Image Courtesy: eatyourworld.com

Growing up in Hyderabad in southern India, I’ve always looked forward to the holy month of Ramzan (Ramadan, in Arabic) as it involves annual rituals such as meeting the entire extended family, receiving gifts from all the elders, and of course gorging on our traditional delicacies. I think it would be safe to say that Ramzan in Hyderabad these days is less about the fasting and more about the feasting, and the feasting often carries on from dusk till dawn. It’s an interesting paradox, as the month of abstinence has instead become a celebration of tradition, culture and family. And of course, at the centre of the feasting is always the haleem.

Quite possibly Hyderabad’s biggest claim to fame after biryani and the Charminar, haleem is prepared by slow cooking cracked wheat, barley, and meat along with various spices for several hours. The end result is a delicious thick, coarse, brown paste that is eaten with fried onions and mint leaves with a few drops of lemon squeezed on top. But had it not been for the Arabs, this dish might never have become such an essential part of Hyderabadi culture.

The origins of haleem lie in the traditional Arab staple called harees, which is a paste of wheat, meat, cinnamon and ghee. This dish was brought to the subcontinent by Arab soldiers from modern day Yemen who were recruited into the Nizam of Hyderabad’s army. The reasoning was that while local soldiers might defect to one of the neighbouring hostile states, the Arabs would not. Along with their fighting prowess, they brought their food and culture to Hyderabad which eventually became intertwined with the local culture. According to the Times of India it was the integration of these Arabs into the local populace which created this hybrid cuisine. This is very much a reflection of Hyderabadi culture, which has been influenced by various outsiders over the centuries, creating a unique language, culture and cuisine right at the heart of India that is completely different from the neighbouring regions.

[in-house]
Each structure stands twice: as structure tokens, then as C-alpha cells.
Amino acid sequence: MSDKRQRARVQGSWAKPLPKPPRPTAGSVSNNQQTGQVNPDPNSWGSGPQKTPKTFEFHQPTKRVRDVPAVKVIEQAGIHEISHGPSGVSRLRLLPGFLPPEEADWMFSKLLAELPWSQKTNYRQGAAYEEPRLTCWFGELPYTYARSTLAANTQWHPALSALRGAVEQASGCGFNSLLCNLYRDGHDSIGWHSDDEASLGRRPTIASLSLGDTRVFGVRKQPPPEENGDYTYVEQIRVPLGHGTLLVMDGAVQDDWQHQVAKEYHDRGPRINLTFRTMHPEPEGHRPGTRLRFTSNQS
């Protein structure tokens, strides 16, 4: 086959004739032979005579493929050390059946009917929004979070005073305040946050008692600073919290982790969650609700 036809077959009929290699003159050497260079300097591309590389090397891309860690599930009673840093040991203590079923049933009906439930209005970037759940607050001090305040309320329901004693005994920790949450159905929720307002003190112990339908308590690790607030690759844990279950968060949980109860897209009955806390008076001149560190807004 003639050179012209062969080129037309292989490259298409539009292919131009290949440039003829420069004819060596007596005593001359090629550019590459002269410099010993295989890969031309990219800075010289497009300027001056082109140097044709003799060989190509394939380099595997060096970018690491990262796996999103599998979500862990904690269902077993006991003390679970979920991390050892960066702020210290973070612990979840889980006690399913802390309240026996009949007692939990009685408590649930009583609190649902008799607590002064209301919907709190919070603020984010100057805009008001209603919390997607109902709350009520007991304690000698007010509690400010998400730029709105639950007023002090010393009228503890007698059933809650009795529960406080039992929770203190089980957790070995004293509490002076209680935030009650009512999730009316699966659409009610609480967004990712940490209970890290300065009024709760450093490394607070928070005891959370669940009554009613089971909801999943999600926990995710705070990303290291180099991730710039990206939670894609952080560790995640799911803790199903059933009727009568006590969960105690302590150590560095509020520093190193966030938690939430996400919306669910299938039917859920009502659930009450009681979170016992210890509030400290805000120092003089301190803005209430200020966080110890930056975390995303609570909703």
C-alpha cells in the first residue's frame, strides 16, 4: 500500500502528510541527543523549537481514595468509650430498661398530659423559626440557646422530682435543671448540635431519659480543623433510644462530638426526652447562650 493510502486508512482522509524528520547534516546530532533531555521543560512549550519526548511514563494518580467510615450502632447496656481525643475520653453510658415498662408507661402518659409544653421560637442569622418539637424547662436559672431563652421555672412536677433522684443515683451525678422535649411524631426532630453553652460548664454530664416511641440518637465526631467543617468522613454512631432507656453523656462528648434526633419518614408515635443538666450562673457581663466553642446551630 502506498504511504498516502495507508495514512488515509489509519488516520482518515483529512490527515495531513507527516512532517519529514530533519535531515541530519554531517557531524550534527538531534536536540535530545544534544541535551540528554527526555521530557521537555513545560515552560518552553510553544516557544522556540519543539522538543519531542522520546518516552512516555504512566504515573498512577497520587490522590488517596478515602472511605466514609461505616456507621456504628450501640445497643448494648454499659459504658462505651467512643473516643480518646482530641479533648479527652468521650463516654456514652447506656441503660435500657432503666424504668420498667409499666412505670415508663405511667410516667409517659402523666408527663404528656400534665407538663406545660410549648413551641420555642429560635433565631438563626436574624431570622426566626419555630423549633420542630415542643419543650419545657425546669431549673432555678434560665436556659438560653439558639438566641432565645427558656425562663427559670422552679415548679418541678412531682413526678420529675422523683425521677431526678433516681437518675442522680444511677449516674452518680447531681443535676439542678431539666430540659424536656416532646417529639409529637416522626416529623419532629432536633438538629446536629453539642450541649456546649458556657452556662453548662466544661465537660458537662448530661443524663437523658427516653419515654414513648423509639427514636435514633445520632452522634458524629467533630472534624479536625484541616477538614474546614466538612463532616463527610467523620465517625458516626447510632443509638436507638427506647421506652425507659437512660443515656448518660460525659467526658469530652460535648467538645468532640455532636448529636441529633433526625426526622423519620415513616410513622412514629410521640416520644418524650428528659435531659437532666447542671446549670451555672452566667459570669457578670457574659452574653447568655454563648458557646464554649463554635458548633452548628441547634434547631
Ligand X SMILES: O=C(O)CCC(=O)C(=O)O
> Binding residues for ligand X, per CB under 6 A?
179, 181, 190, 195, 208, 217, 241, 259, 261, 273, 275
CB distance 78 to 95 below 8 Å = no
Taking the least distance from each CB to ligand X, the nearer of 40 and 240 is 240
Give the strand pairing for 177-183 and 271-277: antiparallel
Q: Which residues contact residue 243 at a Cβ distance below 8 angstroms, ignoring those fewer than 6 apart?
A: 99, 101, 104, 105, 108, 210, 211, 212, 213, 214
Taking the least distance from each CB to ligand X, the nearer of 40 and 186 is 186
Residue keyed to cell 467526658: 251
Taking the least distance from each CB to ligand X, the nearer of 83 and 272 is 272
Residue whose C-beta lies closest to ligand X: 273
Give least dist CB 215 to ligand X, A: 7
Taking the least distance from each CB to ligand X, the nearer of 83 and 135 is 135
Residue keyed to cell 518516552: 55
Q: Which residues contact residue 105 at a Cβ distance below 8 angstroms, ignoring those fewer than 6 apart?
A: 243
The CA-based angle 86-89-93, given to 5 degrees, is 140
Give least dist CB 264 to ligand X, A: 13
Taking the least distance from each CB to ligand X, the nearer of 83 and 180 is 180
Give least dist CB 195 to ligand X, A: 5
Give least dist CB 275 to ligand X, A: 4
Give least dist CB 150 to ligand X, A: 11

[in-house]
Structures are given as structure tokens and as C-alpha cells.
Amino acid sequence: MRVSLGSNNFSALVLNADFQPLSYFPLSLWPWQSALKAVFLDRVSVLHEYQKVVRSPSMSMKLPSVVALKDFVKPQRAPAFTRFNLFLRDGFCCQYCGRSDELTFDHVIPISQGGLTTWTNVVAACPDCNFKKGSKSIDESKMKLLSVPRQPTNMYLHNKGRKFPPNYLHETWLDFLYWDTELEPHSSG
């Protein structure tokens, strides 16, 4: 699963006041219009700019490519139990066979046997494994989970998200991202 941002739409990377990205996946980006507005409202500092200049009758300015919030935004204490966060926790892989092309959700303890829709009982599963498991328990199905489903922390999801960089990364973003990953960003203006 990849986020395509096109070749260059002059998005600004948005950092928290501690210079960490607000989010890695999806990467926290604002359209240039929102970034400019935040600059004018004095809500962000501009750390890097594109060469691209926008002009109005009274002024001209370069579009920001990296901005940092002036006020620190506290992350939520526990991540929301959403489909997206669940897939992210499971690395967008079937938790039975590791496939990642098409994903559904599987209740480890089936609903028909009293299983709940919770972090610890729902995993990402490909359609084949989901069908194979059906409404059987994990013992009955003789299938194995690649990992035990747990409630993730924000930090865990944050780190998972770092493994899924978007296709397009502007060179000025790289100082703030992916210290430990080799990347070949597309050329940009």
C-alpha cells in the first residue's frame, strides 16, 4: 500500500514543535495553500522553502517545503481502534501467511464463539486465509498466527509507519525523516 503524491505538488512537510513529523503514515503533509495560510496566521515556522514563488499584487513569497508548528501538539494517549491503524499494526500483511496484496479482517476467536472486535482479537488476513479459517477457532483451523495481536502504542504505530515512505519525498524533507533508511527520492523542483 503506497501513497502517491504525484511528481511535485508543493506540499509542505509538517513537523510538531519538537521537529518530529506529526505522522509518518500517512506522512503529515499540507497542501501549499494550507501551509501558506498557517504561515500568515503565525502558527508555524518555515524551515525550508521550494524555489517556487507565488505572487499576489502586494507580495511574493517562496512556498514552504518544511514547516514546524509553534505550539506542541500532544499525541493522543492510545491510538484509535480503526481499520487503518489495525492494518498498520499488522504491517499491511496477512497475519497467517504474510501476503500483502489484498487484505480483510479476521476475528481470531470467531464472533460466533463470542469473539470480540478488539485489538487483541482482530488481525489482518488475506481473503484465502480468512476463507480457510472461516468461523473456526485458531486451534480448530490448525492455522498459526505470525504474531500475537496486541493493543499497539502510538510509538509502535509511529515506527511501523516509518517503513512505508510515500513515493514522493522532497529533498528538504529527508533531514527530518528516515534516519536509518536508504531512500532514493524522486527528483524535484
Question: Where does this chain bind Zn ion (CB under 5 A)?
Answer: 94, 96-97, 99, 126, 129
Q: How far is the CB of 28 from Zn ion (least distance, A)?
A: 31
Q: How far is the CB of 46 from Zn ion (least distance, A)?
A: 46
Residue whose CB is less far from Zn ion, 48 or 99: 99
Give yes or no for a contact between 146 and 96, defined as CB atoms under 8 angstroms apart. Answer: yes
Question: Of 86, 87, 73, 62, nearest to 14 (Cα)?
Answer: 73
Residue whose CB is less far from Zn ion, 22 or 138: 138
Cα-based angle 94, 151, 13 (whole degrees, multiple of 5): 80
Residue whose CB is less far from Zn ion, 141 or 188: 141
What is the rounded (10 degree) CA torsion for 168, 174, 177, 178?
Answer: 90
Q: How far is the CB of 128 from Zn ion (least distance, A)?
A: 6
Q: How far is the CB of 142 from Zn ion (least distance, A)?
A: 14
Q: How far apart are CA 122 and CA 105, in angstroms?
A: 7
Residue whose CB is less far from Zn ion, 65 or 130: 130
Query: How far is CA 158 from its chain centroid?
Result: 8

Over the years, haleem has become the popular replacement to the harees initially being served in restaurants. First served publicly in 1953, its popularity has grown to the extent where it has amassed a cult following today. Haleem is a unique example of a dish from outside the subcontinent being turned into a local delicacy. Today it is the traditional Ramzan food in Hyderabad and breaking the fast at iftar is often considered incomplete without it. But while the Arabs can claim credit for introducing their cuisine to our palates, the local Hyderabadis are to be thanked for adding signature ingredients to really bring out the flavour of this delicacy. Haleem today is as Hyderabadi as it gets, and is one of the city’s proudest exports.

Nothing tastes quite as Hyderabadi as haleem.




intangible cultural heritage asset

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